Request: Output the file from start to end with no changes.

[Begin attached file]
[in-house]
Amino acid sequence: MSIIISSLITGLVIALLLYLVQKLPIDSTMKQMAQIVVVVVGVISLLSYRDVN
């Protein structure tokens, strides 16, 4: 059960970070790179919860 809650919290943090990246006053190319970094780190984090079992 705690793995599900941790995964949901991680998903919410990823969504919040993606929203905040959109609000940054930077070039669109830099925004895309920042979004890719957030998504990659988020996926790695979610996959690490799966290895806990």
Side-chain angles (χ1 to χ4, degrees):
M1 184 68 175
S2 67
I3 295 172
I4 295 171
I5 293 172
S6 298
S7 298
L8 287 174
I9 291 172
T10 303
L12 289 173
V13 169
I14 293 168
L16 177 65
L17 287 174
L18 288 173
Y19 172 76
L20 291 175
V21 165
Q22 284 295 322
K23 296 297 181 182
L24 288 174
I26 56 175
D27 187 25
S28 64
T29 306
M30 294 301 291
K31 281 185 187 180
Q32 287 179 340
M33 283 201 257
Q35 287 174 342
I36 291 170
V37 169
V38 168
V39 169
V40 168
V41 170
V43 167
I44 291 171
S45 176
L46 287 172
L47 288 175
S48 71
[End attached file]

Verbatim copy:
[in-house]
Amino acid sequence: MSIIISSLITGLVIALLLYLVQKLPIDSTMKQMAQIVVVVVGVISLLSYRDVN
């Protein structure tokens, strides 16, 4: 059960970070790179919860 809650919290943090990246006053190319970094780190984090079992 705690793995599900941790995964949901991680998903919410990823969504919040993606929203905040959109609000940054930077070039669109830099925004895309920042979004890719957030998504990659988020996926790695979610996959690490799966290895806990």
Side-chain angles (χ1 to χ4, degrees):
M1 184 68 175
S2 67
I3 295 172
I4 295 171
I5 293 172
S6 298
S7 298
L8 287 174
I9 291 172
T10 303
L12 289 173
V13 169
I14 293 168
L16 177 65
L17 287 174
L18 288 173
Y19 172 76
L20 291 175
V21 165
Q22 284 295 322
K23 296 297 181 182
L24 288 174
I26 56 175
D27 187 25
S28 64
T29 306
M30 294 301 291
K31 281 185 187 180
Q32 287 179 340
M33 283 201 257
Q35 287 174 342
I36 291 170
V37 169
V38 168
V39 169
V40 168
V41 170
V43 167
I44 291 171
S45 176
L46 287 172
L47 288 175
S48 71